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Economic Survey 2017 Series-3: Cyclical Policy- India and Advanced Economies

Global crisis, financial management and India

Cyclical policy

It refers to the government’s approach towards spending and taxation during different cyclical economy

Pro cyclical policy

It refers to the government policy of

  • Increasing spending and reducing taxes during boom period
  • Reducing spending and increasing taxes during recession.

So we can say that pro-cyclical policy tends to increase expansion and tends to decrease/limit recession. E.g. GDP and stock prices in Stock exchanges are pro-cyclical, as they tend to increase when economy expands.

Counter cyclical policy

It refers to the opposite approach in fiscal management of

  • Reducing spending and raising taxes during boom period
  • Increasing spending and cutting taxes during recession.

It in opposite to pro- cyclical policy .e.g.  Unemployment tends to decrease with the economic expansion

Progressive taxation policy is an example automatic counter cyclical fiscal policy. It was 1st advocated by Keynes. So a progressive taxation policy tends to decrease demand when the economy is booming by taxing a large proportion of income when economy expands.


Since 2008-2009 Global Financial Crisis

  1. Monetary policy ventured into the realms of Near Zero Interest Rates and Quantitative Easing.
  2. Fiscal policy makers aggressively adopted Counter Cyclic measures in the form of increased spending and cutting taxes during recessing period.

But now with the economic recovery policy reversal is required like:

  1. Counter cyclic policy of boom period i.e. reducing spending and raising taxes are being adopted by developed countries.
  2. But these fiscal measures will give better results only when monetary policy makers keep interest rate near zero level.
  3. Zero interest rate coupled with demand rise will increase government’s revenue in the form of increased tax collection.
  4. Reduced government spending and increased revenue will lead the economy to sustainable debt level, leading to fiscal consolidation.

So consequences of these measures are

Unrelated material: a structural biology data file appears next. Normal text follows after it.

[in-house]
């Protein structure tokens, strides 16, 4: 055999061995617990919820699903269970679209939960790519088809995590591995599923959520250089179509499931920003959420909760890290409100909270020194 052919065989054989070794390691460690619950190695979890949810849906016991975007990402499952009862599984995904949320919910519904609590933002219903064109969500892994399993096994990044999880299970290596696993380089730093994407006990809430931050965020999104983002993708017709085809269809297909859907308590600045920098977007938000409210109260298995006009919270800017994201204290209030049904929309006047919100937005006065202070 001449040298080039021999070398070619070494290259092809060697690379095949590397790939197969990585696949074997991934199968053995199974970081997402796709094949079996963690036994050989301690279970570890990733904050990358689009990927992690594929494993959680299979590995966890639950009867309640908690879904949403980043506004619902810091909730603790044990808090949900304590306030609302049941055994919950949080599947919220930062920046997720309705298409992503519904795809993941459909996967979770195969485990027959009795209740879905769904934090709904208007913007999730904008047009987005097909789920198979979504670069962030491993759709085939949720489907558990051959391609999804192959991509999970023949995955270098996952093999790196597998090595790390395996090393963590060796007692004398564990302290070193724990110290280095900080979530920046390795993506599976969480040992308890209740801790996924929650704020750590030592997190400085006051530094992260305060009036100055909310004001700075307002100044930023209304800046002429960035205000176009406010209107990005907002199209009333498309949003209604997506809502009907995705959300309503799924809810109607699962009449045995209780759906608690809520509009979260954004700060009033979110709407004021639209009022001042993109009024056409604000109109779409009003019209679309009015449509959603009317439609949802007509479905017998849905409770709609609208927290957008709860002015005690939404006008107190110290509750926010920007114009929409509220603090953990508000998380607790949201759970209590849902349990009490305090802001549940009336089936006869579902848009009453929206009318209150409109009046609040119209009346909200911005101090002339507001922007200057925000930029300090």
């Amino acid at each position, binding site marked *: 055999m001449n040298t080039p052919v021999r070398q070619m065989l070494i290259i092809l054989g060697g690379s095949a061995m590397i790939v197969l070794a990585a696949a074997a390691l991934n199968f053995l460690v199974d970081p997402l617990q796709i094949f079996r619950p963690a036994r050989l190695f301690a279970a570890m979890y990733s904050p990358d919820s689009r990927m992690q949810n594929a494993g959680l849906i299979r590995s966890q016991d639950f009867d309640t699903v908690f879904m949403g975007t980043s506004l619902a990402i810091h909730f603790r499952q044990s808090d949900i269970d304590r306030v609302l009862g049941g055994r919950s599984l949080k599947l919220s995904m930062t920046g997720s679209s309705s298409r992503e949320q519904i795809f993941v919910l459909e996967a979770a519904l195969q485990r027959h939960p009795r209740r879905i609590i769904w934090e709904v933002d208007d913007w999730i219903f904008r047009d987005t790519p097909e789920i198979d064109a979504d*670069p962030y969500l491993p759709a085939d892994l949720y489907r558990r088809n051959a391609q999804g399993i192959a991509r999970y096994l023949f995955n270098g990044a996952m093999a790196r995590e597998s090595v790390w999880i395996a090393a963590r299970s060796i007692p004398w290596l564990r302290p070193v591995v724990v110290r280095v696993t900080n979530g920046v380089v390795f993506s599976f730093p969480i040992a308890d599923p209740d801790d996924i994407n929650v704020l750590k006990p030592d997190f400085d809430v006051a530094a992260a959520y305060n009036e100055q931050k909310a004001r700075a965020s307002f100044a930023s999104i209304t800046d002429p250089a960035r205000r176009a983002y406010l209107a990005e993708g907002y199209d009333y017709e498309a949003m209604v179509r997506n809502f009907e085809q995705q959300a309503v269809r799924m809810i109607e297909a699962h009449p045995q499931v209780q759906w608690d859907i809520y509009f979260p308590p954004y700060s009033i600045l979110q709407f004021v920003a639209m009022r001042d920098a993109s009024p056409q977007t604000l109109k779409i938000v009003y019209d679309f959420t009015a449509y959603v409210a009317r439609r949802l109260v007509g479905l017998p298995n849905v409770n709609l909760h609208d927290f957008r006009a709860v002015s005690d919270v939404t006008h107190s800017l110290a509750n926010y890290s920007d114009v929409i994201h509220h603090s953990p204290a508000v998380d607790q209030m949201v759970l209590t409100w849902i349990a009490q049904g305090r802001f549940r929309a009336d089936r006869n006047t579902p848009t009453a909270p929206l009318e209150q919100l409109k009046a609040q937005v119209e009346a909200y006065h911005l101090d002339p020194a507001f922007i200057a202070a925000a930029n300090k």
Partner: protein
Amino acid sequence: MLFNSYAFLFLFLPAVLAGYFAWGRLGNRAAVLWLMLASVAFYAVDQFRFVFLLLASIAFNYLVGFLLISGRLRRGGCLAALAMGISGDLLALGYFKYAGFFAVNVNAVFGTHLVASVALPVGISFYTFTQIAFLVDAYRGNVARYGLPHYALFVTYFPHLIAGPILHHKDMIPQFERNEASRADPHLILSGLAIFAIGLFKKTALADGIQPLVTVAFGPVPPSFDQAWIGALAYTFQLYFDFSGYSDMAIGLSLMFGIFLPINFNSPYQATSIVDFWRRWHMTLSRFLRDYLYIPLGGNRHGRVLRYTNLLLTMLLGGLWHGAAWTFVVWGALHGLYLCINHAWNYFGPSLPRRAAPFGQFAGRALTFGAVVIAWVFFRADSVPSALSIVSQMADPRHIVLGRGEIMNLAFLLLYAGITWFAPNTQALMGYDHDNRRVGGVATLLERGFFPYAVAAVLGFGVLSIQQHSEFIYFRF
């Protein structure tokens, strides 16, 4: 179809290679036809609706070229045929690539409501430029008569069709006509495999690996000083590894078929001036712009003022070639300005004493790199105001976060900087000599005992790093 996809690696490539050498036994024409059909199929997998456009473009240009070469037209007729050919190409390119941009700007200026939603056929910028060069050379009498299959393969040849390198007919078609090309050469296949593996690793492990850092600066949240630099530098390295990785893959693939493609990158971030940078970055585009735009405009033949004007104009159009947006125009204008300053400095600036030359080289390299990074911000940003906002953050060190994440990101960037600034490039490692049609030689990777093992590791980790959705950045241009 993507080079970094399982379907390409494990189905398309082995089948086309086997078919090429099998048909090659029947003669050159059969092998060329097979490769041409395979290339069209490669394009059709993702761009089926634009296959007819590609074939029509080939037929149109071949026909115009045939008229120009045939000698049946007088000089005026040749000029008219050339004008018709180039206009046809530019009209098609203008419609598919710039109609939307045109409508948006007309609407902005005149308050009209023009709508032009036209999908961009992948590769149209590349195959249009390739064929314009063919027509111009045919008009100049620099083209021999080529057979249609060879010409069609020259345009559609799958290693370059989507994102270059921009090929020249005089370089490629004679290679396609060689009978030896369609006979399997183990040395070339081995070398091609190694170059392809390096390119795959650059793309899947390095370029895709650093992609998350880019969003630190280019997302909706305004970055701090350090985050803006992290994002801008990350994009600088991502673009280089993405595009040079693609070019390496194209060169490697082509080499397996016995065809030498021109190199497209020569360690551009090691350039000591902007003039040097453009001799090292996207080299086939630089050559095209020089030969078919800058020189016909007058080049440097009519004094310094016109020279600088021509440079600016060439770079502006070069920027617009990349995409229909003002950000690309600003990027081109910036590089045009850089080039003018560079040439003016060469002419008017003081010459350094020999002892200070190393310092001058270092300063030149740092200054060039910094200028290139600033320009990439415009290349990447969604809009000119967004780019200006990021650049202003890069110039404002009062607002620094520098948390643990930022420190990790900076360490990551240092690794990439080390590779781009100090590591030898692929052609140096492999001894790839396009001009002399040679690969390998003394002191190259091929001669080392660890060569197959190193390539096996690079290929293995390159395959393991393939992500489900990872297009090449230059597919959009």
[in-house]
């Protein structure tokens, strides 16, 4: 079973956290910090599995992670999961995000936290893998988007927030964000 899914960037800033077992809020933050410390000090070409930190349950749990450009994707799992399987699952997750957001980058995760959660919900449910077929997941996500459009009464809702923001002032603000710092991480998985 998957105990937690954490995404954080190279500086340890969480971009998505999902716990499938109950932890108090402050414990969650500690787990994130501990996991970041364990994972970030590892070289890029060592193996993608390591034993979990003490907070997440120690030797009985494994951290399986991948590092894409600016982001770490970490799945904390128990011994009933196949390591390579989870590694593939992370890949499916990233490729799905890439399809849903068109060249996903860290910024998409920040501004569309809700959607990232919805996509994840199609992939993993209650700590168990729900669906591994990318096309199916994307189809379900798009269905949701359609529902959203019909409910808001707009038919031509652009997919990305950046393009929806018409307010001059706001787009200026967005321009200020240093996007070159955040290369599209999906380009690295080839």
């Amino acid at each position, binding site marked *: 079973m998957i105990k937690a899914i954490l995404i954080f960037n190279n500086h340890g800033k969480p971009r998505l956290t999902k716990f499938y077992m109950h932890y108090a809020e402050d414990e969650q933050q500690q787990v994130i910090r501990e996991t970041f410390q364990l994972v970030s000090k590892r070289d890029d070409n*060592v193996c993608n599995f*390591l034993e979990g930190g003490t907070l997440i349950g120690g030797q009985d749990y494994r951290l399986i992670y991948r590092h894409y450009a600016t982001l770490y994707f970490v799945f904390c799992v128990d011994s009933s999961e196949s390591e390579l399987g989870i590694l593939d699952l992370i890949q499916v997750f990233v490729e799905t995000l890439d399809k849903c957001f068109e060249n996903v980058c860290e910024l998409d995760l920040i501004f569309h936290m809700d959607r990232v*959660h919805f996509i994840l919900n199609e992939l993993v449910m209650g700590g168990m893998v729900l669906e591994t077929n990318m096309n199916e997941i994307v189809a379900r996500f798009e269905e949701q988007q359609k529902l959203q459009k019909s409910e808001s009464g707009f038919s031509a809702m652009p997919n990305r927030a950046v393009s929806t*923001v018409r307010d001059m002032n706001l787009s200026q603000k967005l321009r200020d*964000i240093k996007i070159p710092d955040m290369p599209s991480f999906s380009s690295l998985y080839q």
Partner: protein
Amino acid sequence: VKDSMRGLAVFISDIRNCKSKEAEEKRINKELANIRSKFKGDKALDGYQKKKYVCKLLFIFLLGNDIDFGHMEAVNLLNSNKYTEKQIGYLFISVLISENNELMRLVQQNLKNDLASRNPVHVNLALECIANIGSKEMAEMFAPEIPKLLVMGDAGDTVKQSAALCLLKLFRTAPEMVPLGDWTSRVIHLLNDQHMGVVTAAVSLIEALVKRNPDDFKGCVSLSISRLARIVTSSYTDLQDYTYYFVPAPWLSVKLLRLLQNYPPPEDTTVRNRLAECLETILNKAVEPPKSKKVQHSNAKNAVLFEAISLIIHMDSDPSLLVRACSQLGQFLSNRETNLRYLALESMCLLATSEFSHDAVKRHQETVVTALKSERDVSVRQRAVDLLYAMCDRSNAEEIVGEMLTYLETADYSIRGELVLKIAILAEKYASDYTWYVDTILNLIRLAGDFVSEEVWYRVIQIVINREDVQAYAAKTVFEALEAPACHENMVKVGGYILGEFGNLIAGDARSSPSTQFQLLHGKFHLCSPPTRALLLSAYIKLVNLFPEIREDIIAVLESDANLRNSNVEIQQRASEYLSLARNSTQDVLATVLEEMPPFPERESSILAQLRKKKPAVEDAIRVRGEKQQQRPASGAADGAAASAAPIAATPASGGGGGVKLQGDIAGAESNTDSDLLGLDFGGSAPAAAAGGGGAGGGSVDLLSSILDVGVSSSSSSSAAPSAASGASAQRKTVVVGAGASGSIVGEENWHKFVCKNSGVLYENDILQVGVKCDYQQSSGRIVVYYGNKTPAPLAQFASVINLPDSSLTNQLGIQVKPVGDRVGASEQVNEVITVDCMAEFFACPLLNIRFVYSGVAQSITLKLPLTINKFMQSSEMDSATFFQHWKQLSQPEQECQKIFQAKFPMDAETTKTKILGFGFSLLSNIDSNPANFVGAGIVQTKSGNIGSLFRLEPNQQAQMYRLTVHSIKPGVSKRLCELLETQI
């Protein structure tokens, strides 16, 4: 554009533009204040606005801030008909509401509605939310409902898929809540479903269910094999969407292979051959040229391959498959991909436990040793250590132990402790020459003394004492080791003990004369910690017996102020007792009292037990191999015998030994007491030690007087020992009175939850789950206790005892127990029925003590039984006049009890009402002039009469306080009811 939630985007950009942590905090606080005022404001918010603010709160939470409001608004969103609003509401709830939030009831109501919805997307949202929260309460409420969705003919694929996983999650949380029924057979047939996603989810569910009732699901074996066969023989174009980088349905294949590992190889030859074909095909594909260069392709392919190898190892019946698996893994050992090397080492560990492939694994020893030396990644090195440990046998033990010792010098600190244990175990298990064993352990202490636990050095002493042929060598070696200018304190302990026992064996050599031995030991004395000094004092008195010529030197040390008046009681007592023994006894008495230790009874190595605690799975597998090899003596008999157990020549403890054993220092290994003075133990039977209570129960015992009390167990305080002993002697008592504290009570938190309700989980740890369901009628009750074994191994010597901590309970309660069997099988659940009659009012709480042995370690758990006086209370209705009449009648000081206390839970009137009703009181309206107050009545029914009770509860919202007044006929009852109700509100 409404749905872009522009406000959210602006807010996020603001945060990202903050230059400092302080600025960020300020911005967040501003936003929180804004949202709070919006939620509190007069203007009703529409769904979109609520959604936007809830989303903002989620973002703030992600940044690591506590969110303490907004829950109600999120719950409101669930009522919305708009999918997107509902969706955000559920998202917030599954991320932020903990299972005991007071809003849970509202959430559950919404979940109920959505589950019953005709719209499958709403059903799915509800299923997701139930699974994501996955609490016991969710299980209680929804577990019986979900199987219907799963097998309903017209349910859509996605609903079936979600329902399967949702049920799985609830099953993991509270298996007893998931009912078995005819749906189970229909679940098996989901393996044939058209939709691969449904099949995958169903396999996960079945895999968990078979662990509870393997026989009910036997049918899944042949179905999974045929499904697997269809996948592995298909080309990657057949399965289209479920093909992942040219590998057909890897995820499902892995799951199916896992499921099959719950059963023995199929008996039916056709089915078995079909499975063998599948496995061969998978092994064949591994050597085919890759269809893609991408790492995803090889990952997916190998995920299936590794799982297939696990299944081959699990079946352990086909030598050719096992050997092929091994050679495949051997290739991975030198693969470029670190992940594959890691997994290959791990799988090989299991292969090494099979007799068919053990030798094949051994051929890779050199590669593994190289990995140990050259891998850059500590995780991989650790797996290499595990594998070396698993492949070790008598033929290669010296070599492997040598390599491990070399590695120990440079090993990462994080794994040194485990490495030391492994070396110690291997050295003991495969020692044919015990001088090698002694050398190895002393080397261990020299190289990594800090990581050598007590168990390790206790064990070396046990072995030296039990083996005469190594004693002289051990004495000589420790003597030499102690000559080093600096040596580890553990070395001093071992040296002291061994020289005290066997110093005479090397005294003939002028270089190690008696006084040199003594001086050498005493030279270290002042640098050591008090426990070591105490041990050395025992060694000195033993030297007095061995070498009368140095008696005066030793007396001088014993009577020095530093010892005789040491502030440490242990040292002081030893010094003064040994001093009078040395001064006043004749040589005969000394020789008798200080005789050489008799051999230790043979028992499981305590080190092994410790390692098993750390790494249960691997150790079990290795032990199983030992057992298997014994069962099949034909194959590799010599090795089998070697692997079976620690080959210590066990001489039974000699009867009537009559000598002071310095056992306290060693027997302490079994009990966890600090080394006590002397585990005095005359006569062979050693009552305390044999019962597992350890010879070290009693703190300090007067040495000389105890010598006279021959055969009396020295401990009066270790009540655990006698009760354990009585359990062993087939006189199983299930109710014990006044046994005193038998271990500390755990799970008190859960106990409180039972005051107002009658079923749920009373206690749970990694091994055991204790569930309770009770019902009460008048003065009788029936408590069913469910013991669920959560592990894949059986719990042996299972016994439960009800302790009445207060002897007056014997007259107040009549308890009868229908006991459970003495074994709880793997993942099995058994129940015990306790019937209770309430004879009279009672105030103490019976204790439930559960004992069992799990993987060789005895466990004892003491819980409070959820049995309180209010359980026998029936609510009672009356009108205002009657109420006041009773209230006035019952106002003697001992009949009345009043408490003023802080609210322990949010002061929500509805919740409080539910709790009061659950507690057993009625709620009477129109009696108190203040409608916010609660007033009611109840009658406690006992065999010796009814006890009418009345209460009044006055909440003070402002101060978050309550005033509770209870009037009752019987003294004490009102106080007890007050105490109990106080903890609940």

1. Fiscal consolidation.
  2. Low unemployment level.
  3. GDP growth.
  4. Rising wages.
  5. Inflation


Measures taken by Advanced Countries (as listed above) were compelled by two economic realities; viz.

  1. Weak economic activities of Advanced Economies (AE).
  2. Monetary policy of AE failed to address the prevailing problems.

But Indian condition is quite different like:

  1. Indian growth rates are substantially high.
  2. Inflation rates are also relatively high.


  1. Monetary policy can’t be brought down to near zero level.
  2. The era of fiscal activism is restricted, as it will accelerate inflation.

Therefore, Indian condition is quite different, any attempt to increase demand and hence economic growth, may trigger higher rate of inflation, leading to difficult Twin Balance Sheet Problem.

In the past 1990-1991 and 2012-2013, we faced similar problems that led to large fiscal deficit and balance of payment crisis.1990-1991 BOP crisis resulted with high Fiscal Deficit while near BOP crisis of 2012-2013 resulted with relatively high but declining Fiscal Deficit.

At present,

  1. We are following pro cyclic policy of boom i.e. increasing government’s spending and decreasing taxes. But ,
  2. At the same time we are having relatively high bank rates to contain inflation. Inflation has been indexed at 4±2% by RBI. So our GDP and Stock Exchange are rising under such diverse conditions as opposed to the Advanced Economies.


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